Did you know that peeing in the woods does not matter? Check out this and other debunked myths from Omega Outdoors.

2. Dry Does

Many people define a dry doe as a doe that hasn’t produced fawns this year. So many management hunts choose to take out these does not think about why she doesn’t have does. According to wildlife biologists a doe will always have fawns unless she is very unhealthy and dying. Although some does may have had fawns still, but they got lost or eaten. There are many reasons why a doe doesn’t have fawns around her so next time try not to judge your does so quickly.

3. Buck Always Bed Downwind of Does

There is a big misconception about bucks bedding downwind from does. While this may happen on the off chance bucks do not outgoingly try to do this. Imagine you’re a buck and you bed down and the wind changes every little while. are you really going to get up just to be behind the does? No you wouldnt, Neither will the bucks. If anything they will get up and move along.

4. Dew Claws In Tracks

So many nieve hunters say that when you can see the dew claws in a track that it is automatically a huge buck. Any deer can leave dew claw prints depending on how it stands, how fast they are going, or if they are scraping. There are many ways to tell the story of a track but remeber all deer have dew claws not just the giants!

Muddy Deer Track

5. Scent is not That Complicated

While dressing in scent free clothes and making sure you wash in scent free soap is important, many hunters are very paranoid about their scent. Placing your stand in the right spot and be virtually undetectable. Try to secluded, the higher ground you can get the better so try hunting a valley if your having trouble with scent.

Thanks for reading my article I hoped you enjoyed it and learned something you didn’t already know. If you like my content subscribe for my weekly update.

Becoming a Good Shed Hunter

Whitetail season is a month past us now. For those of us that already want to be out back in the woods, now we have an excuse! Shed hunting is a popular pastime for the hunters during the postseason. For some it is just a hobby or fun experience, others use it as a management strategy to keep up with certain bucks. Whichever you do, hopefully, these tips can help you out.

What is Shed Hunting?

If you don’t know what shed hunting is, it’s when you go out looking for bucks antlers that have been “shed” hence the name. After the rut, the day starts to shorten and this sends signals to specialized cells to start eating away at the base of the antlers. After a while, they will fall off to make way for new growth. Whitetail bucks can begin to shed their antlers in January, with most bucks shedding by late April. Depending on what type of land you are on or how your deer are behaving can determine when exactly you should start shed hunting. Do some reconnaissance, place cameras and scout your deer. When the majority of bucks have lost their antlers it is about time to get in the woods after them. If you are on public land you might want to go in a little earlier because those sheds are going to go like hotcakes.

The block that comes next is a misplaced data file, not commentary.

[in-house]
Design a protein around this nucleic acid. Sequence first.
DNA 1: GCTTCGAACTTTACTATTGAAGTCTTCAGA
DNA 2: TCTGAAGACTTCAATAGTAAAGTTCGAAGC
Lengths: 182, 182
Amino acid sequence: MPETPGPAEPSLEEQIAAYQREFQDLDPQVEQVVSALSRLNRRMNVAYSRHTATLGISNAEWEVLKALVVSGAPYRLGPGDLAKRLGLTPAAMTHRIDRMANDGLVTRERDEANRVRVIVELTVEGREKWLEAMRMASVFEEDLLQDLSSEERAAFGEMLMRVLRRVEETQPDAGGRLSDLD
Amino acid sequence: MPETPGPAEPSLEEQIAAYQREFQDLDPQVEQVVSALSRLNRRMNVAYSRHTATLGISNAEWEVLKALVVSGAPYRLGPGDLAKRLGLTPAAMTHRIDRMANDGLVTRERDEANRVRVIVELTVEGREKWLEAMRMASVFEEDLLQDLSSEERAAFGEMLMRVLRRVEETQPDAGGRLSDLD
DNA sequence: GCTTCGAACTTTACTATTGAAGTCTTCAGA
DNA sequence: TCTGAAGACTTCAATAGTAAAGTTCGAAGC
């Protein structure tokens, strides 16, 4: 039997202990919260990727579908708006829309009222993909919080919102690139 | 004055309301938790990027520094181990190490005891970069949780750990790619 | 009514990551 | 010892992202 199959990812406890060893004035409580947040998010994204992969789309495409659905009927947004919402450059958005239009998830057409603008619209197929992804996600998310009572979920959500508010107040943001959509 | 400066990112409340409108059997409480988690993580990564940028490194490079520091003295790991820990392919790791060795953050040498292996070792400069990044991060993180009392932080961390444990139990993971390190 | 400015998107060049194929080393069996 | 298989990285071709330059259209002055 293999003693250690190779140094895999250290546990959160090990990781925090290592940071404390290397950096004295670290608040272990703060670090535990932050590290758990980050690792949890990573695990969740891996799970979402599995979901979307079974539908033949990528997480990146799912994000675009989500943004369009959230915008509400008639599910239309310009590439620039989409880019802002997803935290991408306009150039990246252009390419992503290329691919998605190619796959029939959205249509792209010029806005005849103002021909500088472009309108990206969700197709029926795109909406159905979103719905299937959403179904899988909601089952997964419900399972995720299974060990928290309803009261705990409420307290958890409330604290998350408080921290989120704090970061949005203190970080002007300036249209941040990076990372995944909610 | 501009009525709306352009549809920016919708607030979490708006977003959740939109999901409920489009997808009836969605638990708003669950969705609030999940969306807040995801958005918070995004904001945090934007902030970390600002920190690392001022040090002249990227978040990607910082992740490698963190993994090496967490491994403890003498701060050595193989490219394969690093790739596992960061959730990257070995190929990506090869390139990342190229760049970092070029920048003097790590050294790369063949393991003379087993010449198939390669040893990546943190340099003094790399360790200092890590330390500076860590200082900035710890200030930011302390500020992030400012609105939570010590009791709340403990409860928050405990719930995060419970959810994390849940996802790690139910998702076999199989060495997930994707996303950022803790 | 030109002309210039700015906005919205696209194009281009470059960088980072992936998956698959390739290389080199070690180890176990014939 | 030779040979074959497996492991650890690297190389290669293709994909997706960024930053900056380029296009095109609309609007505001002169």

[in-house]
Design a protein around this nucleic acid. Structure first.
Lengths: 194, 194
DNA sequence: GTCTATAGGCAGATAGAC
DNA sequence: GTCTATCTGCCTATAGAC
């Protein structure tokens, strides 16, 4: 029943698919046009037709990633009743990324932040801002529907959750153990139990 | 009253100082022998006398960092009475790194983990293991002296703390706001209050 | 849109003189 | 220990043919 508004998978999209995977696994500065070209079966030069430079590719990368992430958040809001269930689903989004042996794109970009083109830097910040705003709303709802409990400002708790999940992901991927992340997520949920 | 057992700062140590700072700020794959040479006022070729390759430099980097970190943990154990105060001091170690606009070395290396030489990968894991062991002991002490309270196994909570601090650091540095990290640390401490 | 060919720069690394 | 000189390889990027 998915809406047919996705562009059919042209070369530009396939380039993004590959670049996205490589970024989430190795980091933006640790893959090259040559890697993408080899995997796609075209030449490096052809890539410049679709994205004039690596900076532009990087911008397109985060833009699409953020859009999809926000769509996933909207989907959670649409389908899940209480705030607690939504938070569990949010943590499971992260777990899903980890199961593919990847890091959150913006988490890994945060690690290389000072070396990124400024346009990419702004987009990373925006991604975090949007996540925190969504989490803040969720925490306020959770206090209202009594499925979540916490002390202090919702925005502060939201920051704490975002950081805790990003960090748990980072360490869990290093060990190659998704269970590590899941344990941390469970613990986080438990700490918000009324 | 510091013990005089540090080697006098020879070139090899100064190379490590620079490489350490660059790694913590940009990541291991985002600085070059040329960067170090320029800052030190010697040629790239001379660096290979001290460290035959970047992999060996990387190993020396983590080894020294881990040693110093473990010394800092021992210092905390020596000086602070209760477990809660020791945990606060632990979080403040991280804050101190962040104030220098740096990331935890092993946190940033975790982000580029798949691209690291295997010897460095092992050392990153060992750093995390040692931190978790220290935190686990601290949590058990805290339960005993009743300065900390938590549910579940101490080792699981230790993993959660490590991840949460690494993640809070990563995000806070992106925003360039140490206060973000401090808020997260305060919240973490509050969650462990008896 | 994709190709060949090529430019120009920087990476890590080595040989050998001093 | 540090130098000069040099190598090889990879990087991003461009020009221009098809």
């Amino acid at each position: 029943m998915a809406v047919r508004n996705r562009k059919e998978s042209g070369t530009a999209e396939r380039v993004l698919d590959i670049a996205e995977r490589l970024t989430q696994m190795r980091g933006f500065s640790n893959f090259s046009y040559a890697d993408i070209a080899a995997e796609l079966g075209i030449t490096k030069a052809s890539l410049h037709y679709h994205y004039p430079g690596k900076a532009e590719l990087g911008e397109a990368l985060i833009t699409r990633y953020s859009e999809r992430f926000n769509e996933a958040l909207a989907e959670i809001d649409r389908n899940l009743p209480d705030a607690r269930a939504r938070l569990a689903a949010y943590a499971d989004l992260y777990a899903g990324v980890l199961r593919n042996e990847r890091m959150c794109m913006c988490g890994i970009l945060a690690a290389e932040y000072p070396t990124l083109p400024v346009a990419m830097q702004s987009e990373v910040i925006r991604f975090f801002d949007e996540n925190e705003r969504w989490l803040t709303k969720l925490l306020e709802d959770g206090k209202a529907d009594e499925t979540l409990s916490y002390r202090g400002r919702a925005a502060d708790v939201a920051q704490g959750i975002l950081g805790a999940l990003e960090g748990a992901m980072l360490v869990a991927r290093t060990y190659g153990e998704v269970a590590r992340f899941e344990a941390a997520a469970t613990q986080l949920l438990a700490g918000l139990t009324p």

I’m excited about shed hunting this year! Check out these tips I found from Omega Outdoors. #shedhunting #outdoors #hunting

4 Questions From Shed Hunters

1. When do I start hunting?

Well, obviously this doesn’t have a defined season like the a actual whitetail. So timing is very important. this could vary depending on if your hunting private or public land, and also what your weather is like.

If you’re on Public land then you should be wary of other hunters getting out and finding sheds first. So, in this case, you might want to get out a bit earlier. Make sure to check the local deer population either by cameras or in person, because if you’re still seeing bucks with antlers then you’re thinking about sheds a little to early.

The weather also has more input then you might think. If you are farther north then you probably still have snow on the ground through January and into February. Finding sheds in snow can be super difficult and is going to hinder your success greatly. That being said if you are on private property and can afford to wait a month or two extra for the weather to clear and for all the antlers to drop, you will likely be much more successful.